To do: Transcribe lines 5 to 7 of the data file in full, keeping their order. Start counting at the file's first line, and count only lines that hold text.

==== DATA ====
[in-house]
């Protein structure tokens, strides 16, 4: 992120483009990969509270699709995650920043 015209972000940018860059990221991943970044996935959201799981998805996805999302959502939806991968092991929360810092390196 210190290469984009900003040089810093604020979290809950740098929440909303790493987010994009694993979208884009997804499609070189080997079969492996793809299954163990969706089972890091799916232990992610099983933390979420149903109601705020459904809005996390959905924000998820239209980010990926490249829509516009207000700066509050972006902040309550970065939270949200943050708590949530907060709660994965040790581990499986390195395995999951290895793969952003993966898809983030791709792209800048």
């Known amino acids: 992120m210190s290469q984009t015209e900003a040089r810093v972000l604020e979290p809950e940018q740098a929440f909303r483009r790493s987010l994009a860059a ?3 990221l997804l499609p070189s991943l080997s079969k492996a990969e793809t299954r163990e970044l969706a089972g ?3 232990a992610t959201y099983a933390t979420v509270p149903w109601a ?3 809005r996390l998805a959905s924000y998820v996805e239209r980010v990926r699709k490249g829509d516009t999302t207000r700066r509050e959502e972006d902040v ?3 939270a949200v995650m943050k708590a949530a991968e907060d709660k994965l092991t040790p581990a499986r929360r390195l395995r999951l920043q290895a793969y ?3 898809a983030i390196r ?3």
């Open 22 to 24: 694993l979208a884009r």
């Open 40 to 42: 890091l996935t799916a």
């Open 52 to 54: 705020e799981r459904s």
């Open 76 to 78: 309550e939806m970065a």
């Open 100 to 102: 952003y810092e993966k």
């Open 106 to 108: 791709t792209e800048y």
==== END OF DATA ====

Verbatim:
């Open 40 to 42: 890091l996935t799916a």
């Open 52 to 54: 705020e799981r459904s």
């Open 76 to 78: 309550e939806m970065a």